Another great story by Rory Sutherland, shows how wrong we are sometimes and how perception changes everything.

Sometimes, when you land on a low cost airport, you have all the chances that the plane will not stop at the gate but a bus will come to pick you up. And it is that moment when you realise “Oh shit, it’s going to be a bus!”.

But then the pilot made an announcement which basically does not change the situation, but the way you perceive the information. He said:

‘I’ve got some bad news and some good news,’ he said. ‘The bad news is that another aircraft is blocking our arrival gate, so it’ll have to be a bus. The good news is that the bus will drop you off right next to passport control, so you won’t have far to walk with your bags.’

After years of flying, you suddenly realise that what he said was always true. The bus drops you off right where you need to be: you don’t have to lug your carry-on bags for 800 yards through a shopping centre before you can get to the exit. Yet, for most of us on the flight, this was a revelation. When we arrived promptly at passport control we were, for the first time, rather grateful for the bus. Nothing had changed objectively

— Spectator

Maybe All You Need Is a Change of Angle?

In the end, even if you create something innovative, but it gives a bad perception to your end user, you can say that you probably have failed. And maybe people don’t need your innovation or new products or services, instead, they may need a change of perspective and perception.

Sometimes treating a problem with logic will not give you the wanted results. Apply logic to any problem you have with your product and you will get a boring result that seems normal. Or as Rory Sutherland writes in his book Alchemy:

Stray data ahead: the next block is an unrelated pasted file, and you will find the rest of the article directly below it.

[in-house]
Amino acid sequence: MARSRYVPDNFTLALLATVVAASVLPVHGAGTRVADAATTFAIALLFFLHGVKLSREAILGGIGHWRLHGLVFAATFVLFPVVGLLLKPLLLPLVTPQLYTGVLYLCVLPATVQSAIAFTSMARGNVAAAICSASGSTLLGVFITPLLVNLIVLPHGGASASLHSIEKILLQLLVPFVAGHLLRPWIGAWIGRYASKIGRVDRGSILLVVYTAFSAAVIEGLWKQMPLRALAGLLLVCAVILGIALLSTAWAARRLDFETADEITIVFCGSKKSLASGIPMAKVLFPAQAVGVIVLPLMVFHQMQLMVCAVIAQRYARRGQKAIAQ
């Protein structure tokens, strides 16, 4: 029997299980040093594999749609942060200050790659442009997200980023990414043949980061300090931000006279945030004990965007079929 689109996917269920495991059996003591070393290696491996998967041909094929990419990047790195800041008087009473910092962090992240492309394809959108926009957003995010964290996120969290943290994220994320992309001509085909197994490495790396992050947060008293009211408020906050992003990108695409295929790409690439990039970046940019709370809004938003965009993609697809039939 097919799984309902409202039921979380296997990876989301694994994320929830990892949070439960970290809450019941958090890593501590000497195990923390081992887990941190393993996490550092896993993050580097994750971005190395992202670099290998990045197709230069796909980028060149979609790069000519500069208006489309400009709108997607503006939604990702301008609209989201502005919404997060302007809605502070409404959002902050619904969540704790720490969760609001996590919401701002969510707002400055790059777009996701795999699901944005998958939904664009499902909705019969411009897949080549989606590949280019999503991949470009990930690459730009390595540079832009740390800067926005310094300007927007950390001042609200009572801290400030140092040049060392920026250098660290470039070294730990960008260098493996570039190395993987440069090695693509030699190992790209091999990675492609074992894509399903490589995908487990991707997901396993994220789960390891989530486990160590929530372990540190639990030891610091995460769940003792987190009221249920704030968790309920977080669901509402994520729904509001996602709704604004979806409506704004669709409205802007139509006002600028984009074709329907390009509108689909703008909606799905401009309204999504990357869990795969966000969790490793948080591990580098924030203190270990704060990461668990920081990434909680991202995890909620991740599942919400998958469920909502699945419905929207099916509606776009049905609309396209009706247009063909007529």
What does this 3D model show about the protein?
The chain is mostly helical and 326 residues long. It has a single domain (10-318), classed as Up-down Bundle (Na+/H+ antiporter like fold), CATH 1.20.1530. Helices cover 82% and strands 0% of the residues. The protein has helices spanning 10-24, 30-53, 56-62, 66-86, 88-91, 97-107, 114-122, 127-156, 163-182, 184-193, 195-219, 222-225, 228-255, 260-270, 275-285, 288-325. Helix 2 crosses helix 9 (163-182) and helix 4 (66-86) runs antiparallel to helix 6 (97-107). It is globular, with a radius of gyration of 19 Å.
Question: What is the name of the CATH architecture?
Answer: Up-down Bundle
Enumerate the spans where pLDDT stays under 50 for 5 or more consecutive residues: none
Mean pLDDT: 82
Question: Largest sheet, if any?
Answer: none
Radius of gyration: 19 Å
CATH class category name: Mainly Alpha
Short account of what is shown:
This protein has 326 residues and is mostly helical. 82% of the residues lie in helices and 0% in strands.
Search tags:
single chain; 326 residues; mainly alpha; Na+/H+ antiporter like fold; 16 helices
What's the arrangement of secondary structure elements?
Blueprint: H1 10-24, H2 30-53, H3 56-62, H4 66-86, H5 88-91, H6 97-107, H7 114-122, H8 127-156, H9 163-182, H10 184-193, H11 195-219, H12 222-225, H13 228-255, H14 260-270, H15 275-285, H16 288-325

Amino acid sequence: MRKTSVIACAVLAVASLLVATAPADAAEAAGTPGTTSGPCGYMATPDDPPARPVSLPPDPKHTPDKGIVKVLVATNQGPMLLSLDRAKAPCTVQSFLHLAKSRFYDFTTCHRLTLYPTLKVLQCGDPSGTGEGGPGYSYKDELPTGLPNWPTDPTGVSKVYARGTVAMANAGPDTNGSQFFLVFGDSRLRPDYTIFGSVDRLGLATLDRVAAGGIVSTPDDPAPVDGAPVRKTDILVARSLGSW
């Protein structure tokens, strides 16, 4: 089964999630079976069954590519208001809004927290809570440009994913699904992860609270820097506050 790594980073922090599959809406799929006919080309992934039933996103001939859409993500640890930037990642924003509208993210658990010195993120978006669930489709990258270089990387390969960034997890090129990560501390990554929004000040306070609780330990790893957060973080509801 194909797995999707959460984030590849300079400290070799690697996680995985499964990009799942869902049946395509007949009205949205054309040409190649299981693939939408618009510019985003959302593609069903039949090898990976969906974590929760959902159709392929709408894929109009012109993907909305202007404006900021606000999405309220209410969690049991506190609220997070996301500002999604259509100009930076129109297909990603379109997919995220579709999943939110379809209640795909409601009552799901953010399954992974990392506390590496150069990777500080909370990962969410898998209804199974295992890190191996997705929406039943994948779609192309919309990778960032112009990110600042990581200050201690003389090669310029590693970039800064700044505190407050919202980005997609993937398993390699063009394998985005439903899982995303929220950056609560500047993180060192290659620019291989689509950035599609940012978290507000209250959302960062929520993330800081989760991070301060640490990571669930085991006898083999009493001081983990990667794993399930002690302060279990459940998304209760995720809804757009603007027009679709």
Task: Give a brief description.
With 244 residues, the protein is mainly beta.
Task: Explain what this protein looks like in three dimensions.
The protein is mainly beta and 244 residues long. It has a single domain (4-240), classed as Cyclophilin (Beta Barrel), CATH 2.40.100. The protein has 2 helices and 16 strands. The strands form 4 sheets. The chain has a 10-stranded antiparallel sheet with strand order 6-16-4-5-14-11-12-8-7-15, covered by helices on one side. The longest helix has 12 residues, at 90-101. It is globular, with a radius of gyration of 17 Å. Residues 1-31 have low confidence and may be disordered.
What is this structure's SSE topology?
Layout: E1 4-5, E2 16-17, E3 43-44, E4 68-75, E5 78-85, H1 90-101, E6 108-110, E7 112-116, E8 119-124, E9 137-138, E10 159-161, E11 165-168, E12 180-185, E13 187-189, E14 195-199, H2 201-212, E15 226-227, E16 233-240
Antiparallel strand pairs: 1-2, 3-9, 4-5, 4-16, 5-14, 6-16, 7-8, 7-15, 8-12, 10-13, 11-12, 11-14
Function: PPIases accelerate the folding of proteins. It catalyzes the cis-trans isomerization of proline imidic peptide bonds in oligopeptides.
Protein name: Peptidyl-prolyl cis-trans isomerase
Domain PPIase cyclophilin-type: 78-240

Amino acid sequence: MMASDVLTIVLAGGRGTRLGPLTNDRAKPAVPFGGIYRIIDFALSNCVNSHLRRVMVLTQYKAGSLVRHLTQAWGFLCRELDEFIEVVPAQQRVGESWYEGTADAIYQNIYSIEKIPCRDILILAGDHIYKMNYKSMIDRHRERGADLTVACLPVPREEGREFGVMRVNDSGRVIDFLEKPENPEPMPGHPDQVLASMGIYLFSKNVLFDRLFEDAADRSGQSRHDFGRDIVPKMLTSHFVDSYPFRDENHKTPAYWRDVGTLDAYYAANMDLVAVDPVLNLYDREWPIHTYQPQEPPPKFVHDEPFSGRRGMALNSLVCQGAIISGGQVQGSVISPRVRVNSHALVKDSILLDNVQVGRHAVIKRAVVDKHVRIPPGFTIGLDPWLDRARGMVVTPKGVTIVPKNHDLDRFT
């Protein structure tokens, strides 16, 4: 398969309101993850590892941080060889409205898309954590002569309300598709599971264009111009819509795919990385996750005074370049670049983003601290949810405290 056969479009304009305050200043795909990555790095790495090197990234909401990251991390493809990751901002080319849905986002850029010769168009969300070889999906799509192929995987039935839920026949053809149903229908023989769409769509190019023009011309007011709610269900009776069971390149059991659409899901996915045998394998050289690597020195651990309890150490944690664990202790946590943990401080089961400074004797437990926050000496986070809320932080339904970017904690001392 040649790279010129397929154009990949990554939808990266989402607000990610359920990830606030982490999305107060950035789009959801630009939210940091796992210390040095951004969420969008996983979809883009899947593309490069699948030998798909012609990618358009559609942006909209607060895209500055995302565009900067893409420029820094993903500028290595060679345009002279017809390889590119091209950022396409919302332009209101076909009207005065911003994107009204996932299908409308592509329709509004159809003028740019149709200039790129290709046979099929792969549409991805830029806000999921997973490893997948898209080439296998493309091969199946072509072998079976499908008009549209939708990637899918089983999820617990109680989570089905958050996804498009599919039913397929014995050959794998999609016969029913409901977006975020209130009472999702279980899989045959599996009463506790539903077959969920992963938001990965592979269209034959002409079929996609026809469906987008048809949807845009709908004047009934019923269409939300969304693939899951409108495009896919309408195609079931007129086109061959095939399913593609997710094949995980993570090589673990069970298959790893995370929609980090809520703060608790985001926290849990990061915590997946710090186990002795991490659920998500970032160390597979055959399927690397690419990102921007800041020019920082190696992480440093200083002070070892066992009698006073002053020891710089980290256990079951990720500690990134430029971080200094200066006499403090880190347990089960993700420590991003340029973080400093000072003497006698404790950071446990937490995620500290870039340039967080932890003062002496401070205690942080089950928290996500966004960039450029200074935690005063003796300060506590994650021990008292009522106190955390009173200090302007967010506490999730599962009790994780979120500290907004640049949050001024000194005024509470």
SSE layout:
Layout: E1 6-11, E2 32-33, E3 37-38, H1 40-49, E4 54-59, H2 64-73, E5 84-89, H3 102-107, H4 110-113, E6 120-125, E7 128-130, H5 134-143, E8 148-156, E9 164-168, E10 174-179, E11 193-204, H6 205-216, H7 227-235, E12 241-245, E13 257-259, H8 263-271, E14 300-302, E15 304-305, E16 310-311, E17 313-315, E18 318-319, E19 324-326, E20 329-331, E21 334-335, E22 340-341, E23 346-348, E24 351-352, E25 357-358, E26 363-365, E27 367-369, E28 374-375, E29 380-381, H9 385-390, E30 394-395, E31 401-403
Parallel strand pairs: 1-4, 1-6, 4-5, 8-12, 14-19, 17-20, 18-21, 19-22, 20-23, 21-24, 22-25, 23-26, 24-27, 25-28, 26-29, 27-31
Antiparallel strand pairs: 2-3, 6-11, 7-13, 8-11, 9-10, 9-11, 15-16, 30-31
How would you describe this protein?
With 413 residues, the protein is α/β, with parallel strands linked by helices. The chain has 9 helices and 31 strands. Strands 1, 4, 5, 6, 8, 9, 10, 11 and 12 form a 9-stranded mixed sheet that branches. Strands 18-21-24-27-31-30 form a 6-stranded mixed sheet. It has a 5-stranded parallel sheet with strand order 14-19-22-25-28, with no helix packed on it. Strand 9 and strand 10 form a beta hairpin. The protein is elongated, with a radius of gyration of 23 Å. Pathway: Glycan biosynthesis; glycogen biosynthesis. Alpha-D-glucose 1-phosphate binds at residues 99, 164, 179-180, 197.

It’s true that logic is usually the best way to succeed in an argument, but if you want to succeed in life, it is not necessarily all that useful. Entrepreneurs are valuable precisely because they are not confined to doing only those things that makes sense to a committee.

If you are looking for a creative and working solution to your product problems, then logic isn’t always your best choice. And “thinking outside the box” isn’t either. A change of perception is.

People don’t always need something new. Sometimes all they need is you to make them see things differently. But a change of perception requires an understanding of why certain things don’t work. What’s the true human nature and how it works. Why people love certain products or services and dislike other. And you have to decide on how to implement that change. But you can’t do it with logic, because when you demand it, you pay a price-you destroy the “magic”.

A great way to go about uncovering such “perceptions” is to ask dumb and obvious questions. For example, when you buy an expensive train ticket you get frustrated when there are no empty seats and all you have left is to stand. And the stupid question here is — ”Why do people hate to stand?”. Seems like an obvious answer — because sitting is much better than standing. Also, because, the person paid a lot of money for that ticket, and the train company did not keep the promise — get a seat on the train. And in the end you get a bunch of mixed feelings about the train company.

But what if you sold “standing in a train” as a different narrative? What if there were hidden benefits to standing? In our case, what are the benefits of sitting? In most trains it is comfort, less stress and a place for your luggage.

But what if the person who stands gets different benefits? For example he would get a special view outside the window? Or maybe a super-fast charger, have some books to read or get a free coffee? What if that person would get a standing table where you could put your laptop and start working? Now, not having a seat doesn’t seem like a bad option. And all we did is a change of perspective-that standing is also a great option for the money if you give them the benefits too.